Gastbeitrag von Nikola Pantić
Nestled on the boundaries between religion and magic, thaumaturgy today largely avoids scholarly attention. The idea that a ritual is in popular belief connected to a coherent result without an immediately apparent causal relationship belongs to the study of magical belief and practice. Scholars rarely discuss the similarities between orthodox religious practice and what was in the previous centuries dubbed “sorcery“ by the religious authorities in office. My doctoral research was focused on widespread beliefs and religious practices in eigheenth-century Ottoman Syria. I investigated thaumaturgical practice in this region and showed how integral it was to the Sunni orthodoxy of Ottoman Syria in the early modern period. My study has potential to clarify the position of Sufism in early modern Ottoman religion, as well as to suggest socio-anthropological (but not theological) definitions of a Muslim priestly sodality, which continuously defined the boundaries of orthodoxy, both in Syria and across the Ottoman Empire. Furthermore, my doctoral dissertation continuously brings Muslim and Christian ritual into comparison, uncovering similarities which persisted over centuries and are widespread even today, within and outside these two confessions.
The Staatsbibliothek zu Berlin offers a broad collection of Arabic and Ottoman manuscripts, among which numerous are committed to religious topics. The Oriental Department contains a large number of Sufi-ʿulamā’ works produced between the sixteenth and the nineteenth century. As a doctoral researcher, my initial stay at the StaBi lasted for three months. I extended this period by a DAAD stipend, which I deemed necessary in view of the vastness of the source material useful for my research. During this time, I studied the biographical texts of the early modern Syrian religious scholars (the ʿulamā’), as well as the documents left by prominent Sufis to discuss matters of their trade and the approach to their religious practice. In addition, travelogues created by prominent Sufis and scholars represent very valuable material, as they allow the reader to examine both the map of places considered holy by the subjects of eighteenth-century Syria, and analyze the practices performed at such localities.
During the early modern period, Muslim religious authorities, best characterized by the overlap between official religious scholars (the ʿulamā’) and the prominent Sufis, distributed collections of prayers and invocations, as well as manuals intended to instruct the reader in the mystical power of letters, words, names of God, and talismanics. Scholars presume that these tomes were read by disciples of powerful Sufi masters and the adherents of Sufi orders, and that they were otherwise concealed from the general public. These documents instruct students in the ways of initiating disciples into Sufi orders, highlight proper and undesirable behaviors and offer rituals, prayers, and invocations which were expected to bring about immediate and quite specific results. Among the listed effects of such invocations were general welfare, specific goals such as acquiring financial benefits or finding romance, as well as cursing the undesirable human beings and banishing malevolent spirits. These documents highlight the importance of various ritualistic elements, such as words and movements, as well as time and place. Signs of the zodiac, the position of celestial bodies, as well as the sanctity of both the practitioner and the place chosen for the ritual become clearer. Some works in these collections were enlarged over the course of time, updated by several anonymous authors and written in the Arabic, Persian and Ottoman languages, which indicates their wide distribution.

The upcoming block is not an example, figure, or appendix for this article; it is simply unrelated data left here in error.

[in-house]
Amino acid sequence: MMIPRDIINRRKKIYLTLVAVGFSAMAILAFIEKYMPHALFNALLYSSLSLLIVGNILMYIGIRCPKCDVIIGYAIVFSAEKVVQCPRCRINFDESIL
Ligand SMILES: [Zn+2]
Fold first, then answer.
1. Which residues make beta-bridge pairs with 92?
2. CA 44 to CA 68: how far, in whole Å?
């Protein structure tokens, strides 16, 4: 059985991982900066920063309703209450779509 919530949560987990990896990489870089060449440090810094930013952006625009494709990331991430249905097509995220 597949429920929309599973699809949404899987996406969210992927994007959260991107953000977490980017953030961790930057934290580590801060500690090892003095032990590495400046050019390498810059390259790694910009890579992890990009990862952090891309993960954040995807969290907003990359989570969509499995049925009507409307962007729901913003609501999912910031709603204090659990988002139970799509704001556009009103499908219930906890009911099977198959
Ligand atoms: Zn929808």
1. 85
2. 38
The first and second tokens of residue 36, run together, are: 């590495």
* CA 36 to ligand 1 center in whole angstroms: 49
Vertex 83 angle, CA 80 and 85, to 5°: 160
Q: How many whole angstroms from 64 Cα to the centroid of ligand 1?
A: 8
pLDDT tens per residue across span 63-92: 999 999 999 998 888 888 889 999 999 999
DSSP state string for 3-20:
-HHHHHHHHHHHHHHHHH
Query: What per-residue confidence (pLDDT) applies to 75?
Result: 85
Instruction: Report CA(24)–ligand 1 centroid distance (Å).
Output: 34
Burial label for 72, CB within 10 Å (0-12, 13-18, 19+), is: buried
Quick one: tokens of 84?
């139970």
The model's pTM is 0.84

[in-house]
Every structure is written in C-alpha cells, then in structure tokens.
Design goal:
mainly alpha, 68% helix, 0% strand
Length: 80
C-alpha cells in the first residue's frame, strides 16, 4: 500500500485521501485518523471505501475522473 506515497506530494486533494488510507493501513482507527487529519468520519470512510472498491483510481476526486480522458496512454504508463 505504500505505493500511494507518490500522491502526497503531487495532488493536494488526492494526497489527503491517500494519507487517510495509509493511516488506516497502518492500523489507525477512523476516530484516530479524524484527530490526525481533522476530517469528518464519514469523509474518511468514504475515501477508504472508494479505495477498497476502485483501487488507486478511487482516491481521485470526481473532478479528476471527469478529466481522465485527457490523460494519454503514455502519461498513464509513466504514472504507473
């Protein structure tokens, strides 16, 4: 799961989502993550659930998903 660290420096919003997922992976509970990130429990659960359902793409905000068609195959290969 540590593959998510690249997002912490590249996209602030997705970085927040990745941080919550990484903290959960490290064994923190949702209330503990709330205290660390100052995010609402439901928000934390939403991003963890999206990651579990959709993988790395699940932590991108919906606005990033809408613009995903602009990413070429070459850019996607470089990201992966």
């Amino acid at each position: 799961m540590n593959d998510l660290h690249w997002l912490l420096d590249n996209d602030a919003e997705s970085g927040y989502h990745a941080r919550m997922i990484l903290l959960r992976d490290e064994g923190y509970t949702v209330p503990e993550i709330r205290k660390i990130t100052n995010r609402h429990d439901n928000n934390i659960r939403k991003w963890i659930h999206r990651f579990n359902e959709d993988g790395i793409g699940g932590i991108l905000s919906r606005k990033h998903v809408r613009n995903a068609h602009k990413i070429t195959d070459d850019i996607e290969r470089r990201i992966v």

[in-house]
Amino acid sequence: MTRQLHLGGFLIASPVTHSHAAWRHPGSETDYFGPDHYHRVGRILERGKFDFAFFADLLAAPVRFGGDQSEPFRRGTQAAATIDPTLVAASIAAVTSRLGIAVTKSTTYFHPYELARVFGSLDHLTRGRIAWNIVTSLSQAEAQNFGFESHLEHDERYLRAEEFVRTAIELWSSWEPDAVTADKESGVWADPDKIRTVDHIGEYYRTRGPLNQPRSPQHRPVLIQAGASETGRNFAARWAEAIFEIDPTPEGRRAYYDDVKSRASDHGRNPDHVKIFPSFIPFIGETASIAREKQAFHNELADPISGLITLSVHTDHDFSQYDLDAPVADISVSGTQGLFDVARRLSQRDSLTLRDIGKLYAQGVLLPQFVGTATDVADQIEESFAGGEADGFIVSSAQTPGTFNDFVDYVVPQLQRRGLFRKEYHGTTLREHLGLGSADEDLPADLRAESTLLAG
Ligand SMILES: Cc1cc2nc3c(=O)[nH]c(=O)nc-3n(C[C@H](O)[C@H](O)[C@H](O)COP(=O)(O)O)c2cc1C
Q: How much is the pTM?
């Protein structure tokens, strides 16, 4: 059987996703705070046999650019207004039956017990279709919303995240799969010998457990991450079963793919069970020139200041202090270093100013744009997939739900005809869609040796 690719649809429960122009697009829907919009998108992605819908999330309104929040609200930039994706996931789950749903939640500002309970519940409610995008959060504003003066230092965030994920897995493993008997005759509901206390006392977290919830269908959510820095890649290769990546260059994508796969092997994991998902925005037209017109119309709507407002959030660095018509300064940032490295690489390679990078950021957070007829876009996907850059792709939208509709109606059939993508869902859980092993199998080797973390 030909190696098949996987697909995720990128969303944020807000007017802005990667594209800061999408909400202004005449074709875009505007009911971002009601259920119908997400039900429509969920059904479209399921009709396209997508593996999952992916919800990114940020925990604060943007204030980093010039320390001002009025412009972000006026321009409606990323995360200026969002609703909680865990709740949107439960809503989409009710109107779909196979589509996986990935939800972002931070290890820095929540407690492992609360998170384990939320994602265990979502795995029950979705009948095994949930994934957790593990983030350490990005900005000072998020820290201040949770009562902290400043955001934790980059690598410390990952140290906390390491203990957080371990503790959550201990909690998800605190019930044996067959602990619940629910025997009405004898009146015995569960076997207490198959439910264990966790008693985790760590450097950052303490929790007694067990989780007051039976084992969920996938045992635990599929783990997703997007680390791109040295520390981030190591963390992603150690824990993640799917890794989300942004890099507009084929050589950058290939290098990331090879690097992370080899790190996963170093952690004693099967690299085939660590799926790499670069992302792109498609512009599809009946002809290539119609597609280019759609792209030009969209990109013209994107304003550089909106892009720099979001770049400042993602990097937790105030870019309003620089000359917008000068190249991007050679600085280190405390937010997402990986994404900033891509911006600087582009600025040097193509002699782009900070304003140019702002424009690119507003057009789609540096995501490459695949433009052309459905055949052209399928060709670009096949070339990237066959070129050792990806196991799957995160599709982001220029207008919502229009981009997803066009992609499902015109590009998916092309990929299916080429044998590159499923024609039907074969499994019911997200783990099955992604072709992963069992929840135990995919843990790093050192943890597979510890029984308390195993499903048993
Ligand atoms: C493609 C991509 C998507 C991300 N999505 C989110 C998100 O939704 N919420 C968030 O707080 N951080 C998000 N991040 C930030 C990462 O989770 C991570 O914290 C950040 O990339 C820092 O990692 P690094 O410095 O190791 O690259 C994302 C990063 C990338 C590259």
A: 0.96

These prayer almanachs complement the more and more prominent findings of several scholars interested in Ottoman Sunni thaumaturgy, and can greatly help researchers in addition to other Ottoman archives in Istanbul and Cairo. Items preserved in the Oriental Department of the Staatsbibliothek zu Berlin now represent a significant portion of my primary sources bibliography, in addition to Egyptian and Lebanese collections of works produced in my period of interest.
Herr Nikola Pantić, Central European University, war im Rahmen des Stipendienprogramms der Stiftung Preußischer Kulturbesitz im Jahr 2018 als Stipendiat an der Staatsbibliothek zu Berlin. Forschungsprojekt: „Networks of the Holy: Everyday religious practices in the Ottoman eighteenth-century Levant“